Cho Won-hyuk stands in front of his bedroom mirror and spreads dollops of yellow-brown make-up over his forehead, nose, chin and cheeks until his skin is flawless. Then he goes to work with a black pencil, highlighting his eyebrows until they're thicker, bolder.
"Having a clean, neat face makes you look sophisticated and creates an image that you can handle yourself well," the 24-year-old college student said.
"Your appearance matters, so when I wear make-up on special occasions, it makes me more confident."
Cho's meticulous efforts to paint the perfect face are not unusual in South Korea. This socially conservative, male-dominated country, with a mandatory two-year military conscription for men, has become the male make-up capital of the world.
South Korean men spent $US495.5 million ($A471 million) on skincare last year, accounting for nearly 21 per cent of global sales, according to global market research firm Euromonitor International.
That makes it the largest market for men's skincare in the world, even though there are only about 19 million men in South Korea. Amorepacific, South Korea's biggest cosmetics company, estimates the total sales of men's cosmetics in South Korea this year will be more than $US885 million.
The metamorphosis of South Korean men from macho to make-up over the last decade or so can be partly explained by fierce competition for jobs, advancement and romance in a society where, as a popular catchphrase puts it, "appearance is power."
Women also have a growing expectation that men will take the time and effort to pamper their skin.
Evidence of this new direction in South Korean masculinity is easy to find. In a crowded Seoul cafe, a young woman takes some lipstick out of her purse and casually applies it to her male companion's lips as they talk.
At an upscale apartment building, a male security guard watches the lobby from behind a layer of make-up. Korean Air holds once-a-year make-up classes for male flight attendants.
"I can understand why girls don't like to go outside without make-up - it makes a big difference," said Cho Gil-nam, a tall, stocky 27-year-old insurance fraud investigator in Seoul who starts important days by dabbing on make-up after finishing his multistep morning cleansing and moisturising routine. He carries a multicoloured cosmetics pouch so he can touch up in public bathrooms throughout the day.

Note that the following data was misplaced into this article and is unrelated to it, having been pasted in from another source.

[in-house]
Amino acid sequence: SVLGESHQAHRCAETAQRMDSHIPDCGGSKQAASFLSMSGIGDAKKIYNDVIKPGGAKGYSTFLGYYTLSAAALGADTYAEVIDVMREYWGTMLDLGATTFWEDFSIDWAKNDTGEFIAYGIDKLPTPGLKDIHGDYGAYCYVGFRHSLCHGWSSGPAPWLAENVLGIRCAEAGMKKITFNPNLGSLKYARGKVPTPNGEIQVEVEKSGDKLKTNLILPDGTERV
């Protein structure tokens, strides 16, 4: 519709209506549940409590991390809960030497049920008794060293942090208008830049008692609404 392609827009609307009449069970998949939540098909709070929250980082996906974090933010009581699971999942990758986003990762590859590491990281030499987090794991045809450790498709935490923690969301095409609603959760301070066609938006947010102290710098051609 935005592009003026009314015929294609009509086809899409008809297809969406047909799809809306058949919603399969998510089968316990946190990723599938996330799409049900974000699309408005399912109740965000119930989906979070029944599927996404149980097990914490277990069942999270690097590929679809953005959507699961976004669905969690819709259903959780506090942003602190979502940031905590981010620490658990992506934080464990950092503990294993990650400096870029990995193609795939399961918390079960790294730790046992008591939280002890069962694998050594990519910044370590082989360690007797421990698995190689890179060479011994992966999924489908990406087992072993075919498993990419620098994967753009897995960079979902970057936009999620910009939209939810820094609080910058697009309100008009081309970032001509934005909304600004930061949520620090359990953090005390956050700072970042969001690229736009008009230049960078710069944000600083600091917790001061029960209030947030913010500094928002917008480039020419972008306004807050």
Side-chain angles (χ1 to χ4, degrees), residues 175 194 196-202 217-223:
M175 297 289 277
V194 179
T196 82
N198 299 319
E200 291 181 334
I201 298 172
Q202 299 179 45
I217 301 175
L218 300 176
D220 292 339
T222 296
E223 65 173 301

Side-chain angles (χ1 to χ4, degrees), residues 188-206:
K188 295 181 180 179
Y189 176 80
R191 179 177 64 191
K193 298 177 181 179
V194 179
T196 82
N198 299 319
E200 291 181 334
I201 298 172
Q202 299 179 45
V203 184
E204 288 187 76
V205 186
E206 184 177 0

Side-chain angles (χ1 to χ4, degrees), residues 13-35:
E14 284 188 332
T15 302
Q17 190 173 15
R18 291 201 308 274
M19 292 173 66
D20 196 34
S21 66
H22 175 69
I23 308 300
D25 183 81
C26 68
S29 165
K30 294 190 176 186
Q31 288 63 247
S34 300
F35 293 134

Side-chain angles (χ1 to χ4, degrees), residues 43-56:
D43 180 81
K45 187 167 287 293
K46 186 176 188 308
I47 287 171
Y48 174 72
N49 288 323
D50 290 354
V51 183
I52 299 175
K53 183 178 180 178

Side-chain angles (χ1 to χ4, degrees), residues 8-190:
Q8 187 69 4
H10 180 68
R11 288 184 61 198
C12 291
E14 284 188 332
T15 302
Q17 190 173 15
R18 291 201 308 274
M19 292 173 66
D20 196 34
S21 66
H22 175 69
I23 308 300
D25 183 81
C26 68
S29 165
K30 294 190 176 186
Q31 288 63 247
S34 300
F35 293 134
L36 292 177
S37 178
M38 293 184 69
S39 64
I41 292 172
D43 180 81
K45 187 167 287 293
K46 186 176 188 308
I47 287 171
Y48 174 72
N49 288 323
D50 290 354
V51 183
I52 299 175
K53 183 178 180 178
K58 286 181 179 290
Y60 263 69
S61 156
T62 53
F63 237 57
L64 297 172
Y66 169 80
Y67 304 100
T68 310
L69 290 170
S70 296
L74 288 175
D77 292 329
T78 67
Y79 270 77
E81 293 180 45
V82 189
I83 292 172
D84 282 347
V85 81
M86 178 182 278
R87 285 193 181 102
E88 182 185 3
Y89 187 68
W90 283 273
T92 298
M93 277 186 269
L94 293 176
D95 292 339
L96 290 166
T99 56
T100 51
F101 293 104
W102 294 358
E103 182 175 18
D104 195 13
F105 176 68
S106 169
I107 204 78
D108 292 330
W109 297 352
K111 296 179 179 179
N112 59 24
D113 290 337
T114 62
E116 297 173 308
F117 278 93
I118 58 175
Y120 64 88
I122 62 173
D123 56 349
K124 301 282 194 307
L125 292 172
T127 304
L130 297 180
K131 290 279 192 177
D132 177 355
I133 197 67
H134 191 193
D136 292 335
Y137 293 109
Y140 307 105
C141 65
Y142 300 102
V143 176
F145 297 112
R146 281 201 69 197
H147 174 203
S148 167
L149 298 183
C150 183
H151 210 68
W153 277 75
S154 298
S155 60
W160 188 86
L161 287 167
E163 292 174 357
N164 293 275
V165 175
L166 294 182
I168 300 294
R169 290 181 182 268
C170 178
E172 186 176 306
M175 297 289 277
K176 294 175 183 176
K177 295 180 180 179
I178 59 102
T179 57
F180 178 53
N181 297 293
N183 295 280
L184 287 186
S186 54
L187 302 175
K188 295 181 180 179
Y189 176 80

While US cosmetics companies report growing sales in male cosmetics, American men are often wary of make-up.
"Men Wearing make-up a Disturbing Trend," was how American columnist Jim Shea titled a recent post.
In South Korea, however, effeminate male beauty is "a marker of social success," according to Roald Maliangkay, head of Korean studies at Australian National University.
Amorepacific Corp offers 17 men's brands, with dozens of products to choose from, and operates two Manstudio stores in Seoul that are devoted to men's skincare and make-up.
South Korean men are barraged daily with messages in popular media suggesting that flawless skin is a crucial part of any plan to get ahead at work and romance.
"In this society, people's first impressions are very important. A man's skin is a big part of that impression, so I take care of my skin," said Kim Deuk-ryong, a 20-year-old student.
It wasn't always this way. The ideal South Korean man used to be rough and tough.
Things began to change in the late 1990s, when the South Korean government relaxed a ban on Japanese cultural goods, exposing South Koreans to different ideas on male beauty, including popular comics featuring pretty, effeminate men.
James Turnbull, a writer and lecturer on Korean feminism, sexuality and popular culture, said the economic crisis that hit South Korea in 1997 and 1998 also played a role in shifting thinking.
Struggling companies often fired their female employees first, angering women who had already seen their push for equal rights take a backseat to protest movements against Japanese colonisers and the autocratic governments that followed.
"The times were ripe for a sea-change in the popular images of men in the media," Turnbull said. Women, as a result, began questioning the kinds of men society told them they should find attractive.
In 2002, large numbers were attracted to a hero of South Korea's World Cup soccer team, Ahn Jung-hwan, who became a leading member of the so-called "flower men" - a group of exceptionally good-looking, smooth-skinned, fashionable sports stars and celebrities who found great success selling male cosmetics. Men everywhere began striving to look like them, with the encouragement of the women around them, and a trend was born.
A decade later, ads featuring handsome, heavily made-up male celebrities are an unavoidable part of the urban scenery.
Kim Jong-hoon, a 27-year-old tech industry worker in Paju, said the endless media exposure to famous men with perfect skin helped steer his progression from soap and water to an elaborate regime that includes as many as eight steps, from cleanser to eye cream and lotion to a small amount of make-up powder.
"My skin wasn't bad, but the media constantly sends the message that skin is one of the most important things, so I wanted to take care of it," Kim said.
Once an oddity, men using make-up is now commonplace.
It's also a good source of conversation, said Kim Ae-kyung, 35, a female office worker.
"I feel like I have more to talk about with guys who use make-up - we have more in common," Kim said.